A global pandemic, social unrest, the killing of a police sergeant and serious wounding of another — in his fourth Tulsa Regional Chamber State of the City, Mayor G.T. Bynum told Tulsans they’ve been through a lot this year, perhaps even more than the first generations of Tulsans whose triumphs over adversity he often points to.
"And yet, here we are, still moving forward, still thinking through how best to build a globally competitive, world-class city. And when you have a city like that with people like that, even in one of the worst years any of us can imagine, the state of our city is and will be strong," Bynum said.
Bynum said the city has a lot to look forward to in the coming months and years, from water in the river to big investments by employers like American Airlines.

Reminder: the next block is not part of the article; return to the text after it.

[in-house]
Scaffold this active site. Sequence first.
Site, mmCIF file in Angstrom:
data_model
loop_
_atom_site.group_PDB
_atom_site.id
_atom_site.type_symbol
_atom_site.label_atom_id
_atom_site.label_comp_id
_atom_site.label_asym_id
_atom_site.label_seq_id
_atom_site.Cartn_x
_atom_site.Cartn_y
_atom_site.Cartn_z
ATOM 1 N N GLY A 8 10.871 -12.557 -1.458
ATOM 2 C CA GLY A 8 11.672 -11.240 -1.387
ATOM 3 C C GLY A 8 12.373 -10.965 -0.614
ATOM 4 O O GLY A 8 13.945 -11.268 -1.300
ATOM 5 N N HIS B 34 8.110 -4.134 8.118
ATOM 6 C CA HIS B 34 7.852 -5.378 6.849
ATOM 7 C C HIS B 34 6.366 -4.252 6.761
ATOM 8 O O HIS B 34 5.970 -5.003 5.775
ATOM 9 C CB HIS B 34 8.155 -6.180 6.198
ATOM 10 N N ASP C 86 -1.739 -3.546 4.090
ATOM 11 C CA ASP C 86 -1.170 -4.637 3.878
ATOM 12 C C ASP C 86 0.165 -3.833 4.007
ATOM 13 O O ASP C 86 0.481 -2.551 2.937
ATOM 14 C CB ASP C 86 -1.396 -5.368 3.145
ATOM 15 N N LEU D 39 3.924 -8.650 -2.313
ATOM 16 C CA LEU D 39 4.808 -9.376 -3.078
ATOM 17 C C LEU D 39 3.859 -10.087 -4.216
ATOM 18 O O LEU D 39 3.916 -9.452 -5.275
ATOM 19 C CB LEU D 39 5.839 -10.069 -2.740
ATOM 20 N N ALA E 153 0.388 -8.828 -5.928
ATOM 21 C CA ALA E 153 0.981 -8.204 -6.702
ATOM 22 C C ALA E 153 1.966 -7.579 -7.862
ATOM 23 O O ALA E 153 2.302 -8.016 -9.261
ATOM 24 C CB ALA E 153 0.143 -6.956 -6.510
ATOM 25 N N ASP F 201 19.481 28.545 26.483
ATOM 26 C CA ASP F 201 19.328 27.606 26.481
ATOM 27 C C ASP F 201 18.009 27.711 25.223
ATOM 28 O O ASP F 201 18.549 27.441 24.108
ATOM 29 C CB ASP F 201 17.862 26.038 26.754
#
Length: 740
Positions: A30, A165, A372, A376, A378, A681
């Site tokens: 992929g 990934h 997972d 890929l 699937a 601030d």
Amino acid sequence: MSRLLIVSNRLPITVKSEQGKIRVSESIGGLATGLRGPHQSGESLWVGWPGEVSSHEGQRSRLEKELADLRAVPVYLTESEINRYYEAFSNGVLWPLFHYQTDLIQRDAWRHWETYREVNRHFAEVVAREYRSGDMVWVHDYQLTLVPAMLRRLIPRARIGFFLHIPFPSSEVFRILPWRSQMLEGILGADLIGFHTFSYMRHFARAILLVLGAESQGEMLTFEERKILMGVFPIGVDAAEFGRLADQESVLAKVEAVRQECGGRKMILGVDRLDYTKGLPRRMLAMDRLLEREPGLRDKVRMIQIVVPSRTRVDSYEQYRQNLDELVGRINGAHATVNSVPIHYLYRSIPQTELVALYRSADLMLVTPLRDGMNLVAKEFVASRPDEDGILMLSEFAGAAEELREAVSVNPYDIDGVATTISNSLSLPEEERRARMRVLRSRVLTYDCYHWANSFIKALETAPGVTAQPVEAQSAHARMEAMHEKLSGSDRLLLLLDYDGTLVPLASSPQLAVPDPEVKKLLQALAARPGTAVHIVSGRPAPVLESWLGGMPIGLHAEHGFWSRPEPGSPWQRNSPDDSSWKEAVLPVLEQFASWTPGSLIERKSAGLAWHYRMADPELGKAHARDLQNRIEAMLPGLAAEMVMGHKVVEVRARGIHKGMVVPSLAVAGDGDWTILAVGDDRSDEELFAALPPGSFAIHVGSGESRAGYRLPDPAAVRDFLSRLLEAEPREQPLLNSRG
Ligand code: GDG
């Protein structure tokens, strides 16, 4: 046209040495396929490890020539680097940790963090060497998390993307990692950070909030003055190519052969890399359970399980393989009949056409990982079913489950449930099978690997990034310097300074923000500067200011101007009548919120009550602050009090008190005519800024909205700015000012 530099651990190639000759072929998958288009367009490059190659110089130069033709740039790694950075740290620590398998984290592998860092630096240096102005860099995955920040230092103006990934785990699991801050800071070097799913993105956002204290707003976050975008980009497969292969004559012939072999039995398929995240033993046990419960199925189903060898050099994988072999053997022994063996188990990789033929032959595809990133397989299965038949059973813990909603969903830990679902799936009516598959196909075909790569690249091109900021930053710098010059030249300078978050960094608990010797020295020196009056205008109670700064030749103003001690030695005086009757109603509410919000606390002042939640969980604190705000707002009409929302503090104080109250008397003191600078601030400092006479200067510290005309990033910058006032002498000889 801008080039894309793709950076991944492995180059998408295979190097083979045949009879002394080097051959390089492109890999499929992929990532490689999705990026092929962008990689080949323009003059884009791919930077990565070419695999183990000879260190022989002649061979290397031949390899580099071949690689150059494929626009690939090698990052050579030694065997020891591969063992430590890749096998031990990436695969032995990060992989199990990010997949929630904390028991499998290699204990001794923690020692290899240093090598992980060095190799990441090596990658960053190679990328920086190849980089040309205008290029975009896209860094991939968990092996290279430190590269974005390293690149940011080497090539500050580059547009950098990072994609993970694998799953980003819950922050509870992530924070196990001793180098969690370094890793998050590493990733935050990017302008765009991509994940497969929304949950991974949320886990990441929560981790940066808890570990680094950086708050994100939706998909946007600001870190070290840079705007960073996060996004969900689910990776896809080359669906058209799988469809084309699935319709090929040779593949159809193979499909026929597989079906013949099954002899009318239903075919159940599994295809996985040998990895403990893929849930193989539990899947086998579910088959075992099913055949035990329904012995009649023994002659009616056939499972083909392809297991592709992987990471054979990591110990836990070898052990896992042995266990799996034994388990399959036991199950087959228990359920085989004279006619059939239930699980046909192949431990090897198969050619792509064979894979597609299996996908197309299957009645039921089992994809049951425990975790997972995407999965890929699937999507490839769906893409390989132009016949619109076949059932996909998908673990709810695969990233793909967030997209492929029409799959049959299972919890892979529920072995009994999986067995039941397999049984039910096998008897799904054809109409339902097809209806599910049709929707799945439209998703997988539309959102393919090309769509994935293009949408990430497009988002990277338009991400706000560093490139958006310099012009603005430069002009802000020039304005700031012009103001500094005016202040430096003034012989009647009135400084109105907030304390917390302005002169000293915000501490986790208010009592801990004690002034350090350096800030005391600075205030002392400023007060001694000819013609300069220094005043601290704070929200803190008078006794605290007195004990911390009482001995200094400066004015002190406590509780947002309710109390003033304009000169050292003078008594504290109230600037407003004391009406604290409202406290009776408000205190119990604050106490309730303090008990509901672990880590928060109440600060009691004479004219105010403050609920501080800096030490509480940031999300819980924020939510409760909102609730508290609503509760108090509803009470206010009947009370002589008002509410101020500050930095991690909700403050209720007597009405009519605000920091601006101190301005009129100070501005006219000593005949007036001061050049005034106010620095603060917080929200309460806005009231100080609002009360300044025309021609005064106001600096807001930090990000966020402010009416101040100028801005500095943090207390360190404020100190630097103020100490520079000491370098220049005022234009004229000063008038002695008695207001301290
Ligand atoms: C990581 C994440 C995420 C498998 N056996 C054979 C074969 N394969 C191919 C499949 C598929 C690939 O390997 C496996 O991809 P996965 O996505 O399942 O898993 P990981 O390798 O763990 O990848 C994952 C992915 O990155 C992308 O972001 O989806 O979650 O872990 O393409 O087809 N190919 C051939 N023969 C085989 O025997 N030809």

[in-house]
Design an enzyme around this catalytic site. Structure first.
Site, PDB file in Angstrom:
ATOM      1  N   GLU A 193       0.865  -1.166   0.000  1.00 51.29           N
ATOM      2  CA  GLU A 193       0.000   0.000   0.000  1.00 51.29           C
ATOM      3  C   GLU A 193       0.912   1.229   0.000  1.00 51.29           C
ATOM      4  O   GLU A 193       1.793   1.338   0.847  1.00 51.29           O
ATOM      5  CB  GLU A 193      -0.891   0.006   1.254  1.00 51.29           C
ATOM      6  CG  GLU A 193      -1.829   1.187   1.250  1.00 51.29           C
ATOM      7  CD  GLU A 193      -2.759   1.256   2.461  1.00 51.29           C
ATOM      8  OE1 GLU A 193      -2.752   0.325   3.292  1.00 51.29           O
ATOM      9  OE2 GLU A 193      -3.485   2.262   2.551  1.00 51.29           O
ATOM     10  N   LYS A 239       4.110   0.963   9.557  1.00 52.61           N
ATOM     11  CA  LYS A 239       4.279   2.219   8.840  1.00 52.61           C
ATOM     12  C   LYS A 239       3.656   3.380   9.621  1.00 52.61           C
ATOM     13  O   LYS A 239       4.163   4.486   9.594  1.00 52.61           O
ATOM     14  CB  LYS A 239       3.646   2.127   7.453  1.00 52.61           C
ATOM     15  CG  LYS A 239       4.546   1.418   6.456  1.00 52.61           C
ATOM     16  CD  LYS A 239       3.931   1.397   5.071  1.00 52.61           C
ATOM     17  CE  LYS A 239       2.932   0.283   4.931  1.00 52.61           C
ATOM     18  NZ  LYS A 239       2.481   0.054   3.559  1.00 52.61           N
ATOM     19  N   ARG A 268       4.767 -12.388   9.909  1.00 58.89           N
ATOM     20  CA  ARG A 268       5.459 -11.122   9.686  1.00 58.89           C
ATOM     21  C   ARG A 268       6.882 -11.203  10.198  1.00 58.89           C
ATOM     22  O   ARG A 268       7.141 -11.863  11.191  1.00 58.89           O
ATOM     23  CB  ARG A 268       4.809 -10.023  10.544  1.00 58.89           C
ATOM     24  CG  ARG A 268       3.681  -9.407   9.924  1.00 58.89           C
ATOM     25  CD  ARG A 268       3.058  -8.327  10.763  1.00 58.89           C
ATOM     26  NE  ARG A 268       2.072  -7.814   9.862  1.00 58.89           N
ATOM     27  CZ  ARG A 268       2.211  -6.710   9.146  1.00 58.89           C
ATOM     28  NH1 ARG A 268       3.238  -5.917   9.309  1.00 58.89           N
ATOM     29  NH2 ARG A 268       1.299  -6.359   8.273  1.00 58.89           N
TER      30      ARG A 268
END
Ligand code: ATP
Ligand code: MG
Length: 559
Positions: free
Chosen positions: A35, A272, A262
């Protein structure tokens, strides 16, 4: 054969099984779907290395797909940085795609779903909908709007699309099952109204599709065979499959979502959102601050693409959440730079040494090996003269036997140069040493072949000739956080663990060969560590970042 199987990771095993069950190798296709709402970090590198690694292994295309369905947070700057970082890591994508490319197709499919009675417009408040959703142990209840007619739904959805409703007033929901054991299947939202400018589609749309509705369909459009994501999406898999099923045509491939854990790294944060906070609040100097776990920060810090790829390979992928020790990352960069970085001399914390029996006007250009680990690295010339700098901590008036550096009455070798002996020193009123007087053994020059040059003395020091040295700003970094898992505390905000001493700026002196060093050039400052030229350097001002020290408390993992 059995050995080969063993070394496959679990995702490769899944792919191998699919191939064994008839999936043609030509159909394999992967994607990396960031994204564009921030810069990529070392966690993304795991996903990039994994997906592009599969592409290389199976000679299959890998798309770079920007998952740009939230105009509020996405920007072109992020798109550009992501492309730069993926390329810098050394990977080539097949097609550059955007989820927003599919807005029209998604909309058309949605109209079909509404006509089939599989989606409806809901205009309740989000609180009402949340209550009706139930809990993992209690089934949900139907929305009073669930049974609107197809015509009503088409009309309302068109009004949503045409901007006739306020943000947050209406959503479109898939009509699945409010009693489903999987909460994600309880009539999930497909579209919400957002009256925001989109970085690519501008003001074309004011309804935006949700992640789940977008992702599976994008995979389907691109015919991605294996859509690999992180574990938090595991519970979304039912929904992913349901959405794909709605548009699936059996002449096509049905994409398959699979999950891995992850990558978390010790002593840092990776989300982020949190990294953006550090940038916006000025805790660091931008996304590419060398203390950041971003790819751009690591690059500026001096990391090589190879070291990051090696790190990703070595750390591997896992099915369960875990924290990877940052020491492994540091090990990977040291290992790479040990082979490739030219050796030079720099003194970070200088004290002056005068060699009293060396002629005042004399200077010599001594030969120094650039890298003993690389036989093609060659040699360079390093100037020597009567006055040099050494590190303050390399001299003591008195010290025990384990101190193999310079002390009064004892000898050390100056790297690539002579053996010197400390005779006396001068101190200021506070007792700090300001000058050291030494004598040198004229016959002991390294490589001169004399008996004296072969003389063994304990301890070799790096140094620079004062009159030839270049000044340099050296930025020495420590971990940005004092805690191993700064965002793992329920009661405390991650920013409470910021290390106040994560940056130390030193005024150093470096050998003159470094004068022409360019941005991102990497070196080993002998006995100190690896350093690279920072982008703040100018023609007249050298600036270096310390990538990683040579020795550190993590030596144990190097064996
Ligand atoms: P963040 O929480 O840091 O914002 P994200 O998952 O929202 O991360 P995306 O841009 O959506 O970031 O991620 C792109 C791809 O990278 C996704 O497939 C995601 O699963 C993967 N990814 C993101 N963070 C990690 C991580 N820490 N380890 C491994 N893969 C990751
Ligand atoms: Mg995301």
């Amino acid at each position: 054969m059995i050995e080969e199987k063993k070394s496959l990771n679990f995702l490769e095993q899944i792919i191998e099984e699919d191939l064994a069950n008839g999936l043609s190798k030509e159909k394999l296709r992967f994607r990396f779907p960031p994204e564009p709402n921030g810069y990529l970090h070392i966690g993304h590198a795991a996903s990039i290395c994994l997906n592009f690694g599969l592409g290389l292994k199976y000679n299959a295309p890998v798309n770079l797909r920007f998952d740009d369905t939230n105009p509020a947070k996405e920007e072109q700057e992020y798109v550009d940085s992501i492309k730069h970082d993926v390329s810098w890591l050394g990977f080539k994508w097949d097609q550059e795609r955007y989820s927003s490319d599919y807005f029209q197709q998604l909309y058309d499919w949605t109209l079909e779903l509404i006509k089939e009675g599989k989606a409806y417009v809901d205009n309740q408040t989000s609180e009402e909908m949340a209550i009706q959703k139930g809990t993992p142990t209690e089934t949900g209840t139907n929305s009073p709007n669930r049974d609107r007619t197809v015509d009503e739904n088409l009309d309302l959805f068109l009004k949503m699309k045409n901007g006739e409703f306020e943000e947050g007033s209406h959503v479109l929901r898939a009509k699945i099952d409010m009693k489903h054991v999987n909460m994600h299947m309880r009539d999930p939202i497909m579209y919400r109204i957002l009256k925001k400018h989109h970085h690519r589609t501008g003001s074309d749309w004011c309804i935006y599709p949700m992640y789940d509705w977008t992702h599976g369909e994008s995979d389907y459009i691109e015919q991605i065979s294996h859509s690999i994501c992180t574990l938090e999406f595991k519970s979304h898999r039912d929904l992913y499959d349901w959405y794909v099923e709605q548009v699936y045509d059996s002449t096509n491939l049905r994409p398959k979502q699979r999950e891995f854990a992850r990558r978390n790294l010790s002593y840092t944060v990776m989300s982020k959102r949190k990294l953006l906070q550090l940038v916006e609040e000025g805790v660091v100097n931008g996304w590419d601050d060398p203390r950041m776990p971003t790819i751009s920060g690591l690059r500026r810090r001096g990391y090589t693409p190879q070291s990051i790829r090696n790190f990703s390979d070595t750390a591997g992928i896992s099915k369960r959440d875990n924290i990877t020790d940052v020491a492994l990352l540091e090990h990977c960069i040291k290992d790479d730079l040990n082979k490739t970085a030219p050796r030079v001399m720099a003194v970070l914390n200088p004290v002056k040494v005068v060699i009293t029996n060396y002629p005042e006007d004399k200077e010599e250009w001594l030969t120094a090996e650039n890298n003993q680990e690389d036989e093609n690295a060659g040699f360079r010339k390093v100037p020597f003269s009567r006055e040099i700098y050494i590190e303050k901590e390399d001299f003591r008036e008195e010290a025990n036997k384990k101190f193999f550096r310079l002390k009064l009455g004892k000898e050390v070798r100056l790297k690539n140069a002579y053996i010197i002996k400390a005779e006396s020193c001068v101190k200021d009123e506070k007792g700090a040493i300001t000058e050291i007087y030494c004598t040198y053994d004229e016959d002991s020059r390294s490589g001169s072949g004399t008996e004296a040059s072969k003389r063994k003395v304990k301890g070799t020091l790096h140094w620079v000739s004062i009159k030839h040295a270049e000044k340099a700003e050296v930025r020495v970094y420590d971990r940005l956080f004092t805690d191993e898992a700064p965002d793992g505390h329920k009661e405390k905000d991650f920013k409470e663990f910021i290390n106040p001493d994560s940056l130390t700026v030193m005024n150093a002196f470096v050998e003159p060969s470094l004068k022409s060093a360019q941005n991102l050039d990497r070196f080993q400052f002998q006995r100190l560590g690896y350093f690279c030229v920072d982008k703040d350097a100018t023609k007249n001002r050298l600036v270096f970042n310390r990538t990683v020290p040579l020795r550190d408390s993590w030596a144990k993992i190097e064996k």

"We just broke ground this summer on the lake in the Arkansas River that Tulsans have been talking about for about 50 years now. We — you and I just spoke about the new bus rapid transit line that’s coming online. We are going through a process to build a museum at Gilcrease Museum that’s worthy of the greatest collection of American art in history in the country that isn’t in the hands of the federal government," Bynum said.
The pandemic, however, is not the only ongoing challenge. Protests in the summer reminded Tulsans racial injustice continues to be a real problem approaching the centennial of the 1921 Tulsa Race Massacre.
Bynum called on all Tulsans to commit to solving that problem.
"We will not change 100 years of racial disparity through one year of commemoration in 2021," Bynum said.
Bynum’s address on Thursday was delivered virtually because of the pandemic.